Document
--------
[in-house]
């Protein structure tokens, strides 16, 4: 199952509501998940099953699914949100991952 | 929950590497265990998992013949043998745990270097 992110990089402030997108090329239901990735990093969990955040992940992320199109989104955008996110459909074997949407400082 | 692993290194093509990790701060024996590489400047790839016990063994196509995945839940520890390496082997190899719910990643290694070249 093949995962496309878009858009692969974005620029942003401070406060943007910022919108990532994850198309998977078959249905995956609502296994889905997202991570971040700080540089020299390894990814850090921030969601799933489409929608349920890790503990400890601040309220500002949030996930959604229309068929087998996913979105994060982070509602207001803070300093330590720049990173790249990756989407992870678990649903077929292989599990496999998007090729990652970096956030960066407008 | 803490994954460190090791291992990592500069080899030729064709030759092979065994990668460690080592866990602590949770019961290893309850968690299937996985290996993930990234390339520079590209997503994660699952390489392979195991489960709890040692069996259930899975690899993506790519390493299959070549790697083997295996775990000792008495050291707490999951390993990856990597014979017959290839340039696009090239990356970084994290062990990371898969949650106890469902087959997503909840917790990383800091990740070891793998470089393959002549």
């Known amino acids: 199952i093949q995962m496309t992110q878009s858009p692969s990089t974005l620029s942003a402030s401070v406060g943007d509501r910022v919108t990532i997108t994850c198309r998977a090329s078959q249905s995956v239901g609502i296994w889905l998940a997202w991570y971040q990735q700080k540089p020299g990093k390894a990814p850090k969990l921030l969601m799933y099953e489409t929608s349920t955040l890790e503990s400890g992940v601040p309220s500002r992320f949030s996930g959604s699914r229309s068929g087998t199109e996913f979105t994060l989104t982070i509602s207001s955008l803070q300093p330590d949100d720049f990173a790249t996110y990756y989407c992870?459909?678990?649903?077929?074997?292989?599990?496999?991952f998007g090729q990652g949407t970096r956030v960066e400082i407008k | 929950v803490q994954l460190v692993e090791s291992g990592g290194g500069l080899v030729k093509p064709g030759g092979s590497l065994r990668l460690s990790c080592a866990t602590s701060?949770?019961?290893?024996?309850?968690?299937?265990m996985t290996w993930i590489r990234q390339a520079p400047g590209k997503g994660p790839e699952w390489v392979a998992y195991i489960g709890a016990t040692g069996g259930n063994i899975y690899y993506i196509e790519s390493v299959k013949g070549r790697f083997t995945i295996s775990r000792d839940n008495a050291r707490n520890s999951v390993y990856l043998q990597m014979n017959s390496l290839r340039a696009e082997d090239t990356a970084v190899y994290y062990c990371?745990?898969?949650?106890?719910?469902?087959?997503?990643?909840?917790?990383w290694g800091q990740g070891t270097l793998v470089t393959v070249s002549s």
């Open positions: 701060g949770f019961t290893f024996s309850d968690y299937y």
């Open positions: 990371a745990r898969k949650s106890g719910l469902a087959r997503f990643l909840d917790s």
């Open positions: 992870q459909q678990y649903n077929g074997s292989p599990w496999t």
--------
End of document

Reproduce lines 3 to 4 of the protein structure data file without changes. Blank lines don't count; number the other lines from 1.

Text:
């Known amino acids: 199952i093949q995962m496309t992110q878009s858009p692969s990089t974005l620029s942003a402030s401070v406060g943007d509501r910022v919108t990532i997108t994850c198309r998977a090329s078959q249905s995956v239901g609502i296994w889905l998940a997202w991570y971040q990735q700080k540089p020299g990093k390894a990814p850090k969990l921030l969601m799933y099953e489409t929608s349920t955040l890790e503990s400890g992940v601040p309220s500002r992320f949030s996930g959604s699914r229309s068929g087998t199109e996913f979105t994060l989104t982070i509602s207001s955008l803070q300093p330590d949100d720049f990173a790249t996110y990756y989407c992870?459909?678990?649903?077929?074997?292989?599990?496999?991952f998007g090729q990652g949407t970096r956030v960066e400082i407008k | 929950v803490q994954l460190v692993e090791s291992g990592g290194g500069l080899v030729k093509p064709g030759g092979s590497l065994r990668l460690s990790c080592a866990t602590s701060?949770?019961?290893?024996?309850?968690?299937?265990m996985t290996w993930i590489r990234q390339a520079p400047g590209k997503g994660p790839e699952w390489v392979a998992y195991i489960g709890a016990t040692g069996g259930n063994i899975y690899y993506i196509e790519s390493v299959k013949g070549r790697f083997t995945i295996s775990r000792d839940n008495a050291r707490n520890s999951v390993y990856l043998q990597m014979n017959s390496l290839r340039a696009e082997d090239t990356a970084v190899y994290y062990c990371?745990?898969?949650?106890?719910?469902?087959?997503?990643?909840?917790?990383w290694g800091q990740g070891t270097l793998v470089t393959v070249s002549s």
């Open positions: 701060g949770f019961t290893f024996s309850d968690y299937y």